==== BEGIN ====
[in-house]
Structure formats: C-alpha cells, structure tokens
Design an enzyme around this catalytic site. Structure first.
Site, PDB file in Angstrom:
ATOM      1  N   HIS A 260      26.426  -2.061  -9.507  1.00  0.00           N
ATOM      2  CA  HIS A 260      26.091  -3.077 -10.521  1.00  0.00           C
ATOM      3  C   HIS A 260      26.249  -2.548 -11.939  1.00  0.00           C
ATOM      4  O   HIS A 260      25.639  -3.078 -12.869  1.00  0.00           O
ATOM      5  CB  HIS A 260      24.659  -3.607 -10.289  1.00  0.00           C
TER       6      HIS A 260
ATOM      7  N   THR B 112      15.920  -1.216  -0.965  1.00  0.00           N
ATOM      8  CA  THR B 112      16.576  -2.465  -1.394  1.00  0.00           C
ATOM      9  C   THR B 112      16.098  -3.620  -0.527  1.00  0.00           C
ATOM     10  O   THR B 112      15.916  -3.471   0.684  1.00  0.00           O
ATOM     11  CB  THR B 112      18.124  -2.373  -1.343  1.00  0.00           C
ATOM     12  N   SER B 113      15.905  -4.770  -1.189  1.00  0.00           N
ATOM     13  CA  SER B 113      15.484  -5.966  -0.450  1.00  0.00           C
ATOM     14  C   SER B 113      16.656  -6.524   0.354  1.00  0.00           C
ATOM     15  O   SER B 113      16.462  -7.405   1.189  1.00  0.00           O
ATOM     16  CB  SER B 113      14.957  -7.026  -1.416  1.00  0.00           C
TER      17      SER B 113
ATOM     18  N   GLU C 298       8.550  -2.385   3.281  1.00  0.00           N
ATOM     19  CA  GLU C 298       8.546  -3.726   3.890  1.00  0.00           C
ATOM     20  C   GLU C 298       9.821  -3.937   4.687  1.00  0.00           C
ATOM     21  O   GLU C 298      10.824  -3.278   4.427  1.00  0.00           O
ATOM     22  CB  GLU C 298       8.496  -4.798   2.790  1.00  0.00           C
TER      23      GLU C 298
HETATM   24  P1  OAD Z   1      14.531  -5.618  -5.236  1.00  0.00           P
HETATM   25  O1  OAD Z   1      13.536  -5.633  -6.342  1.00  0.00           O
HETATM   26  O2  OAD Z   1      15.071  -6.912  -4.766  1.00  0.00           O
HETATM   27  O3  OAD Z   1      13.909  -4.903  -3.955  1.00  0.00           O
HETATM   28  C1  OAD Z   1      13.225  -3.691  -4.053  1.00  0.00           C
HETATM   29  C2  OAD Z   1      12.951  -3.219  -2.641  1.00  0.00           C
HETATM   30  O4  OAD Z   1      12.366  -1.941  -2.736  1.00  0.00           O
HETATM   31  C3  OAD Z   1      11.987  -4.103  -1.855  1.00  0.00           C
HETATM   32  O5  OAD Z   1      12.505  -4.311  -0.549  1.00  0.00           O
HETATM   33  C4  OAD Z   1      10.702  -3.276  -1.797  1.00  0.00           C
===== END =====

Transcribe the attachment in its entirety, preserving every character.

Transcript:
[in-house]
Structure formats: C-alpha cells, structure tokens
Design an enzyme around this catalytic site. Structure first.
Site, PDB file in Angstrom:
ATOM      1  N   HIS A 260      26.426  -2.061  -9.507  1.00  0.00           N
ATOM      2  CA  HIS A 260      26.091  -3.077 -10.521  1.00  0.00           C
ATOM      3  C   HIS A 260      26.249  -2.548 -11.939  1.00  0.00           C
ATOM      4  O   HIS A 260      25.639  -3.078 -12.869  1.00  0.00           O
ATOM      5  CB  HIS A 260      24.659  -3.607 -10.289  1.00  0.00           C
TER       6      HIS A 260
ATOM      7  N   THR B 112      15.920  -1.216  -0.965  1.00  0.00           N
ATOM      8  CA  THR B 112      16.576  -2.465  -1.394  1.00  0.00           C
ATOM      9  C   THR B 112      16.098  -3.620  -0.527  1.00  0.00           C
ATOM     10  O   THR B 112      15.916  -3.471   0.684  1.00  0.00           O
ATOM     11  CB  THR B 112      18.124  -2.373  -1.343  1.00  0.00           C
ATOM     12  N   SER B 113      15.905  -4.770  -1.189  1.00  0.00           N
ATOM     13  CA  SER B 113      15.484  -5.966  -0.450  1.00  0.00           C
ATOM     14  C   SER B 113      16.656  -6.524   0.354  1.00  0.00           C
ATOM     15  O   SER B 113      16.462  -7.405   1.189  1.00  0.00           O
ATOM     16  CB  SER B 113      14.957  -7.026  -1.416  1.00  0.00           C
TER      17      SER B 113
ATOM     18  N   GLU C 298       8.550  -2.385   3.281  1.00  0.00           N
ATOM     19  CA  GLU C 298       8.546  -3.726   3.890  1.00  0.00           C
ATOM     20  C   GLU C 298       9.821  -3.937   4.687  1.00  0.00           C
ATOM     21  O   GLU C 298      10.824  -3.278   4.427  1.00  0.00           O
ATOM     22  CB  GLU C 298       8.496  -4.798   2.790  1.00  0.00           C
TER      23      GLU C 298
HETATM   24  P1  OAD Z   1      14.531  -5.618  -5.236  1.00  0.00           P
HETATM   25  O1  OAD Z   1      13.536  -5.633  -6.342  1.00  0.00           O
HETATM   26  O2  OAD Z   1      15.071  -6.912  -4.766  1.00  0.00           O
HETATM   27  O3  OAD Z   1      13.909  -4.903  -3.955  1.00  0.00           O
HETATM   28  C1  OAD Z   1      13.225  -3.691  -4.053  1.00  0.00           C
HETATM   29  C2  OAD Z   1      12.951  -3.219  -2.641  1.00  0.00           C
HETATM   30  O4  OAD Z   1      12.366  -1.941  -2.736  1.00  0.00           O
HETATM   31  C3  OAD Z   1      11.987  -4.103  -1.855  1.00  0.00           C
HETATM   32  O5  OAD Z   1      12.505  -4.311  -0.549  1.00  0.00           O
HETATM   33  C4  OAD Z   1      10.702  -3.276  -1.797  1.00  0.00           C